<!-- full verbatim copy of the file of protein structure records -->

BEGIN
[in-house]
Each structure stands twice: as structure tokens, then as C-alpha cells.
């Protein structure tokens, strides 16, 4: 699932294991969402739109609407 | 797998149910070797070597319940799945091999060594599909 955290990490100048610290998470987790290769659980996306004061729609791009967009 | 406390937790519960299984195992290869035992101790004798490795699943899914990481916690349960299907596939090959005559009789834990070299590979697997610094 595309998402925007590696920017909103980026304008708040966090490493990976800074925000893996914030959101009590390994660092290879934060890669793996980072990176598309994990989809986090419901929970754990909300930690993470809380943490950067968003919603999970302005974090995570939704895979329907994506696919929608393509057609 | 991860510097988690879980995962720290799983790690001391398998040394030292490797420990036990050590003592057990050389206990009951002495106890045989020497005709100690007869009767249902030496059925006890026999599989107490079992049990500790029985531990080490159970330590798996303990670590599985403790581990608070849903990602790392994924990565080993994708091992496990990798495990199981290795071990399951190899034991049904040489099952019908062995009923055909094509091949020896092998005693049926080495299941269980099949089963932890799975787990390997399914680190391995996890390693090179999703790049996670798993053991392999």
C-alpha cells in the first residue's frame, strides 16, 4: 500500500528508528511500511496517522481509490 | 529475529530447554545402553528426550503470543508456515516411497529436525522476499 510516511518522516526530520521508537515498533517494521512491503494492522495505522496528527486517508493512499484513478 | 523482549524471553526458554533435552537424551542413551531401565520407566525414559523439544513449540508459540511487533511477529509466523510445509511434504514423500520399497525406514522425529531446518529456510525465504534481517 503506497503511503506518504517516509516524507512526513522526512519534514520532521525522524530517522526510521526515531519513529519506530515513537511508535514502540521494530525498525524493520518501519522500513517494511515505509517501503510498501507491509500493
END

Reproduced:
[in-house]
Each structure stands twice: as structure tokens, then as C-alpha cells.
């Protein structure tokens, strides 16, 4: 699932294991969402739109609407 | 797998149910070797070597319940799945091999060594599909 955290990490100048610290998470987790290769659980996306004061729609791009967009 | 406390937790519960299984195992290869035992101790004798490795699943899914990481916690349960299907596939090959005559009789834990070299590979697997610094 595309998402925007590696920017909103980026304008708040966090490493990976800074925000893996914030959101009590390994660092290879934060890669793996980072990176598309994990989809986090419901929970754990909300930690993470809380943490950067968003919603999970302005974090995570939704895979329907994506696919929608393509057609 | 991860510097988690879980995962720290799983790690001391398998040394030292490797420990036990050590003592057990050389206990009951002495106890045989020497005709100690007869009767249902030496059925006890026999599989107490079992049990500790029985531990080490159970330590798996303990670590599985403790581990608070849903990602790392994924990565080993994708091992496990990798495990199981290795071990399951190899034991049904040489099952019908062995009923055909094509091949020896092998005693049926080495299941269980099949089963932890799975787990390997399914680190391995996890390693090179999703790049996670798993053991392999």
C-alpha cells in the first residue's frame, strides 16, 4: 500500500528508528511500511496517522481509490 | 529475529530447554545402553528426550503470543508456515516411497529436525522476499 510516511518522516526530520521508537515498533517494521512491503494492522495505522496528527486517508493512499484513478 | 523482549524471553526458554533435552537424551542413551531401565520407566525414559523439544513449540508459540511487533511477529509466523510445509511434504514423500520399497525406514522425529531446518529456510525465504534481517 503506497503511503506518504517516509516524507512526513522526512519534514520532521525522524530517522526510521526515531519513529519506530515513537511508535514502540521494530525498525524493520518501519522500513517494511515505509517501503510498501507491509500493